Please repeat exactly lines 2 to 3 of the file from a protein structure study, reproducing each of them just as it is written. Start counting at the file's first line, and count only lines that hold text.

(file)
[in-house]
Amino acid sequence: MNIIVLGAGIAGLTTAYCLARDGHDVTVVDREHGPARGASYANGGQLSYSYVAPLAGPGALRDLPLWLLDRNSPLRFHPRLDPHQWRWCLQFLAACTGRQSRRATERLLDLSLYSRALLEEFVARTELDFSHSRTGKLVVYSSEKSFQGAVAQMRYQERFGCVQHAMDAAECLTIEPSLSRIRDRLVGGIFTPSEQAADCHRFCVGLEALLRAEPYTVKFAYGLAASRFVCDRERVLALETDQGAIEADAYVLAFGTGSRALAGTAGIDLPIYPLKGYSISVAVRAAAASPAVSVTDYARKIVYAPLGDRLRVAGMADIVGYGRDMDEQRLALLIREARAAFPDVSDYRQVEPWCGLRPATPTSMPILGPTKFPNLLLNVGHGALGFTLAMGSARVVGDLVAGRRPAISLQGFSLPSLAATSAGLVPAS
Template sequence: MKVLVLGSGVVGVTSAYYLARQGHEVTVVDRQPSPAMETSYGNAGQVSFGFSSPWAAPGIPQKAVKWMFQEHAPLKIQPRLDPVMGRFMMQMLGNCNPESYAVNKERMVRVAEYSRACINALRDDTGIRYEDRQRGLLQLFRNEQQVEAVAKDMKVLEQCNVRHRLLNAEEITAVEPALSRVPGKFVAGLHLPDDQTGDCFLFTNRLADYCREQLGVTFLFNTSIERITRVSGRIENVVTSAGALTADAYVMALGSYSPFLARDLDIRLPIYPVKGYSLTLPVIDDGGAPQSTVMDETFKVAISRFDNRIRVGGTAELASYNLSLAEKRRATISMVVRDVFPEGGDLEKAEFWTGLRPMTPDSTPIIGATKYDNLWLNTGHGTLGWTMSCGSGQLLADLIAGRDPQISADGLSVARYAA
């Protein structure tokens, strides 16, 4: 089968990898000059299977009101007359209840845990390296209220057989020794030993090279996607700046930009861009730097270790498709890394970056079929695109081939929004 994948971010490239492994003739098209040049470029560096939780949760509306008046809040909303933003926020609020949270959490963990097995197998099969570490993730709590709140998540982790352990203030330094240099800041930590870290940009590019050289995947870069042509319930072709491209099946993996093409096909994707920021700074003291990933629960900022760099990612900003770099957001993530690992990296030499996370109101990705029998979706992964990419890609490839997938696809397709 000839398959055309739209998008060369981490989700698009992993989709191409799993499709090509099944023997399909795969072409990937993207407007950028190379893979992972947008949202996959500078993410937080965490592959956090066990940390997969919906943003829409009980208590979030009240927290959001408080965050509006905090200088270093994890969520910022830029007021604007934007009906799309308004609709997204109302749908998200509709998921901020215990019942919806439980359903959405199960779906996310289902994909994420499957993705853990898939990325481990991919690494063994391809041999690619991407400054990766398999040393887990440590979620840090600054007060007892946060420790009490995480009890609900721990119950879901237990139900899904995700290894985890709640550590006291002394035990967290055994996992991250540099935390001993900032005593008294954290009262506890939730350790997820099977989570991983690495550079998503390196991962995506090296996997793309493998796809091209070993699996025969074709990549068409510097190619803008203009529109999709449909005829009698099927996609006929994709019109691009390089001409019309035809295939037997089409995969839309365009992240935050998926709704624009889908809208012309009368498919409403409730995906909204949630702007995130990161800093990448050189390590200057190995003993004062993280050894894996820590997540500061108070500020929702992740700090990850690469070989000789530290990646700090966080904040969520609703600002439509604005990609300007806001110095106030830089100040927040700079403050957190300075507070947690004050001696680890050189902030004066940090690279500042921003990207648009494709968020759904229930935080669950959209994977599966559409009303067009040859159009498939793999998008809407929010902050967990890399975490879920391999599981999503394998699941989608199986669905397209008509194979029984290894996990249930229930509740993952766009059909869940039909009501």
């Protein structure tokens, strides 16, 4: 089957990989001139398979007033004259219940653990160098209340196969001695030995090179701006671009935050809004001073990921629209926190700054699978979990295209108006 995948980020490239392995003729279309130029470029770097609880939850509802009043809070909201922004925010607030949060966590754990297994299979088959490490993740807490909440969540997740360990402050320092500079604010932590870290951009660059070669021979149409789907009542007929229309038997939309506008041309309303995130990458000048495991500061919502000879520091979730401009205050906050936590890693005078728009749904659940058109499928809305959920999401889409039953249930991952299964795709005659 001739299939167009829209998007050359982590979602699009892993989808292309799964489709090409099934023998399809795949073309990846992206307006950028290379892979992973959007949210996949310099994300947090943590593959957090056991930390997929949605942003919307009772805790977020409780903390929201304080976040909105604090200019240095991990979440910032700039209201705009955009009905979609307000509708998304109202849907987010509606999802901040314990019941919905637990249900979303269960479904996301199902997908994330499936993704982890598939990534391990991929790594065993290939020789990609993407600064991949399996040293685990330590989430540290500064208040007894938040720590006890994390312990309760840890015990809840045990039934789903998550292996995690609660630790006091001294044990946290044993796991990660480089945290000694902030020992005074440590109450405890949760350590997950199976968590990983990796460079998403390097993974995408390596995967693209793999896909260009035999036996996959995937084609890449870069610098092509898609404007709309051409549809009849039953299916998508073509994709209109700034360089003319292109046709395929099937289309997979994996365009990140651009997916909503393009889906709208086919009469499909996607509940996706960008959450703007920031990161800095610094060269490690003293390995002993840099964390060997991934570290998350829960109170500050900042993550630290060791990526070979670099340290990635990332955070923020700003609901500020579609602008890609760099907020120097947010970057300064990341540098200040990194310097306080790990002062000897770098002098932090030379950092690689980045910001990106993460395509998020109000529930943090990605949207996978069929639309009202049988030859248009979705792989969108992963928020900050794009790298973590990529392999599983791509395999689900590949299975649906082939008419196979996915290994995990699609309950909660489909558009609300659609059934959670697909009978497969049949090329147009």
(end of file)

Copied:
Amino acid sequence: MNIIVLGAGIAGLTTAYCLARDGHDVTVVDREHGPARGASYANGGQLSYSYVAPLAGPGALRDLPLWLLDRNSPLRFHPRLDPHQWRWCLQFLAACTGRQSRRATERLLDLSLYSRALLEEFVARTELDFSHSRTGKLVVYSSEKSFQGAVAQMRYQERFGCVQHAMDAAECLTIEPSLSRIRDRLVGGIFTPSEQAADCHRFCVGLEALLRAEPYTVKFAYGLAASRFVCDRERVLALETDQGAIEADAYVLAFGTGSRALAGTAGIDLPIYPLKGYSISVAVRAAAASPAVSVTDYARKIVYAPLGDRLRVAGMADIVGYGRDMDEQRLALLIREARAAFPDVSDYRQVEPWCGLRPATPTSMPILGPTKFPNLLLNVGHGALGFTLAMGSARVVGDLVAGRRPAISLQGFSLPSLAATSAGLVPAS
Template sequence: MKVLVLGSGVVGVTSAYYLARQGHEVTVVDRQPSPAMETSYGNAGQVSFGFSSPWAAPGIPQKAVKWMFQEHAPLKIQPRLDPVMGRFMMQMLGNCNPESYAVNKERMVRVAEYSRACINALRDDTGIRYEDRQRGLLQLFRNEQQVEAVAKDMKVLEQCNVRHRLLNAEEITAVEPALSRVPGKFVAGLHLPDDQTGDCFLFTNRLADYCREQLGVTFLFNTSIERITRVSGRIENVVTSAGALTADAYVMALGSYSPFLARDLDIRLPIYPVKGYSLTLPVIDDGGAPQSTVMDETFKVAISRFDNRIRVGGTAELASYNLSLAEKRRATISMVVRDVFPEGGDLEKAEFWTGLRPMTPDSTPIIGATKYDNLWLNTGHGTLGWTMSCGSGQLLADLIAGRDPQISADGLSVARYAA